My name is barbara and I am addicted to books. Well, books and butter pecan ice cream, though the latter is a relatively new addiction, more or less replacing popcorn.
For decades, I’ve been a bit of a legend among family and friends because of my love affair with books. For me, buying, owning, reading a book is a multi-sensory experience. The sight, smell, feel of books is immensely seductive. I admit I have not tasted many and I’ve only listened to one audio book.
For decades, books have followed me home from Barnes & Noble and independent booksellers like stray puppies, sometimes singly, but more often in large numbers. I take them in, smooth their covers, position them for rotation as an upcoming read.
My books are shelved two-deep in each of a dozen or so bookcases. They are also more-or-less-artfully displayed in random collections on table-tops, the piano, my desk, etc.
Recently, while attempting to re-order my life, it became apparent that my collection of books has once again grown into something nearly unmanageable. Point of fact, the only place to go with them now is up. Possibly clear to the ceiling in every room save the bathrooms, and I’ve considered converting the bathroom linen closets into bookcases. Really, how many towels does a person need? There's more.
The impetus for my recent radical treachery (more about that in a moment) was schlepping around on the web, looking at bookcases. Tall, deep bookcases. And thus it was that I eventually found myself at Amazon dot com. In addition to books, they seem to have expanded to offering just about everything a person imagines they must have. And that’s when I saw it.
In a moment of sanitus interruptus, I purchased (and now possess) an electronic device named Amazon Kindle. Let me speak plainly. The Kindle is an electronic substitute for traditional books that have paper pages, intricate bindings, eye-catching covers. Books that have dust jacket synopses and breathless blurbs on the back cover. Books that almost invariably include photos of their authors in blue jeans, leaning against fences with horses grazing in the background. Or authors seated on immense boulders with sea spray rising high behind them.
Each author looks deeply into my eyes via the camera lens. And their unspoken message is clear. “We are true partners in your multi-sensory book experience. Take. Read. Enjoy.”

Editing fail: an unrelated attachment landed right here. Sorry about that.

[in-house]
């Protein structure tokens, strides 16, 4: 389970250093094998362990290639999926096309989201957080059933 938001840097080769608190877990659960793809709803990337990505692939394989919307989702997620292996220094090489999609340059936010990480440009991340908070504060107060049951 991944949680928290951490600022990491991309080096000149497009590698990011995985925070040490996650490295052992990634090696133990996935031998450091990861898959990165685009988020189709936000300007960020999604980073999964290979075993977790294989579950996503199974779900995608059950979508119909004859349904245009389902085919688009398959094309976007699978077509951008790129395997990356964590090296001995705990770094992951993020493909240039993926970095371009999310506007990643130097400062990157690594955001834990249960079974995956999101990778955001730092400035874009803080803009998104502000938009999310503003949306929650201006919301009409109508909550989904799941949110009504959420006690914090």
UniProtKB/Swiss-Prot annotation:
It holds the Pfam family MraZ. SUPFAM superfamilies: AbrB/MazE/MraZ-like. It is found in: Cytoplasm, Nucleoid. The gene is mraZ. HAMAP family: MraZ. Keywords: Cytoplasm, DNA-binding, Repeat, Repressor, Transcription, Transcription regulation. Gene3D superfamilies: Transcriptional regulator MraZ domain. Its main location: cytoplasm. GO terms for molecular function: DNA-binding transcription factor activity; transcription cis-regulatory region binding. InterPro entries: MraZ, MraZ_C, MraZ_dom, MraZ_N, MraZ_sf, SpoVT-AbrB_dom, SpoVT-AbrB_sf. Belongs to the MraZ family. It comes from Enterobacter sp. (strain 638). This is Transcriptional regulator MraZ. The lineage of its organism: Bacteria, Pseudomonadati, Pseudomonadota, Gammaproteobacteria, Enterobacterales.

I do not deserve to live, so grave is my transgression.
In the whisk of a credit card, I sealed my fate. And two days ago, the Kindle arrived in my mailbox. Yes, really. It’s that compact.
It seems like such a good solution for my book problem. In addition to the storage problem (and don't even get me started on the matter of giving away books--I know, I know!), there is the matter of bedtime reading with a 500+ page tome (I just finished wrestling for many nights with “A Prayer for Owen Meany”), trying to juggle the immense book or, worse yet, falling asleep and having it crush my sternum with its great weight.
The little wireless Kindle weighs about 10 ounces. It’s not much thicker than Newsweek. Well, Newsweek as we once knew it. And its vertical and horizontal dimensions are about the size of a slightly oversized paperback.
It has a little Qwerty keyboard and assorted buttons for moving from book to book, from page to page. It takes roughly one minute to download an entire book, and the Kindle will store 1,500 books, give or take. I can adjust the font size to suit my personal preference. I can highlight passages or make notations that are saved in a kind of footnote fashion. If I click on any word in the text whilst reading, the built-in dictionary defines it for me. Once I turn it off, I know it will bring me back to the page I was reading the next time I open it.
The Kindle will read my book out loud to me if I tell it to do that. Then I can hook it up to a headset so I don’t annoy people around me. Of course, they may already be annoyed because they cannot believe that I of all people have one of those electronic thingies.
The next time I travel, which I may actually do once I’ve rebounded from the financial nick of the Kindle, I’ll be able to bring as many books with me as I wish.
I sound kinda, sorta sold on this, don’t I? Do not be deceived. I’m trying to justify a decision that has left me feeling as though I’ve turned my back on some of my best friends. My books, past, present, future. My wonderful, tangible books.
I dunno. Sometimes I think it would be better if I were a total Luddite. Of course, that would mean I couldn’t TM my grands, which is just about the only way to catch them these days. But guess what? Most of them love books. I’m not sure how they’re going to take this news.
We’ll see. Anyway, I thought I should warn you in case you spot me out and about with my Kindle. It’s a whole new world, folks. For me, anyway.
(True libraries are in our heads)